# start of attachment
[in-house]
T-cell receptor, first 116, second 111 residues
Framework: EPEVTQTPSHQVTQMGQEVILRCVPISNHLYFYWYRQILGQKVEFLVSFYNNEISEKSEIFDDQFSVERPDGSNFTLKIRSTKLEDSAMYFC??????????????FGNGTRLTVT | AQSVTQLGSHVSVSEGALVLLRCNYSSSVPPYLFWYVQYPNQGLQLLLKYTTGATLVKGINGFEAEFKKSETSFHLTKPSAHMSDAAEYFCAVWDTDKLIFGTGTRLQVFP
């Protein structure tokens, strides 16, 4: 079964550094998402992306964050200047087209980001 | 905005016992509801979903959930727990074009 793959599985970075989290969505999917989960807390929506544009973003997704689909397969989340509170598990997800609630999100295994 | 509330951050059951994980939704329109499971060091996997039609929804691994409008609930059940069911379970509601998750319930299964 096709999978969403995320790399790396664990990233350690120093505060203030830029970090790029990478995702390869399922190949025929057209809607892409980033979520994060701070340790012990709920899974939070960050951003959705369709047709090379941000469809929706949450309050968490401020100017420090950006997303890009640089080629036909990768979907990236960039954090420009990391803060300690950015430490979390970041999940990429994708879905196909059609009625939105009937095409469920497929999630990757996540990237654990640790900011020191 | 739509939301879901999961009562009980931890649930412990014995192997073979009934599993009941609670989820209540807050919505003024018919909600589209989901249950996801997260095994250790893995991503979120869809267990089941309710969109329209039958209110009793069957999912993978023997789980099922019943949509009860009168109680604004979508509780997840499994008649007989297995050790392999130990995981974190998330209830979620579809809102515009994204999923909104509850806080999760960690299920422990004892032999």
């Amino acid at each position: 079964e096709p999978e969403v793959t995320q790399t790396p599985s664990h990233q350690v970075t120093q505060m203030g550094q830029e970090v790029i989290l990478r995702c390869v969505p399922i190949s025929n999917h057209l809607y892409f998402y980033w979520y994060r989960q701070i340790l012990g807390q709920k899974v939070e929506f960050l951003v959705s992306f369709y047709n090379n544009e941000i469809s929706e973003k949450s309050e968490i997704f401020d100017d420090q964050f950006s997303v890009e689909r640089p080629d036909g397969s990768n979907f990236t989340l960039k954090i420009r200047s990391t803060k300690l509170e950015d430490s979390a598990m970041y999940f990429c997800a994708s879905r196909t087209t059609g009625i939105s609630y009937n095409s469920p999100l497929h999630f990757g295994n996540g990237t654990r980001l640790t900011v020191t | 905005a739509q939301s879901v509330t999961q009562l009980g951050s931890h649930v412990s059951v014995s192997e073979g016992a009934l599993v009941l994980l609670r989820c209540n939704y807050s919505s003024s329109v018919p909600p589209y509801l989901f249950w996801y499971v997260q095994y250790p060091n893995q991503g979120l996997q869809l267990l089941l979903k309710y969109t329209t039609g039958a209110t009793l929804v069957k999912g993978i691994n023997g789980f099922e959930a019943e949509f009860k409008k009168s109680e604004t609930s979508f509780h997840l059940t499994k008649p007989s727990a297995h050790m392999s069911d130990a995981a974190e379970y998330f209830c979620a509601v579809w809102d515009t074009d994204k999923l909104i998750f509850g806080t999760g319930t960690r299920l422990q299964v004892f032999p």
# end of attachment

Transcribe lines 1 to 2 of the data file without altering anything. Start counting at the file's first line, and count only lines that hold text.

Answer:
[in-house]
T-cell receptor, first 116, second 111 residues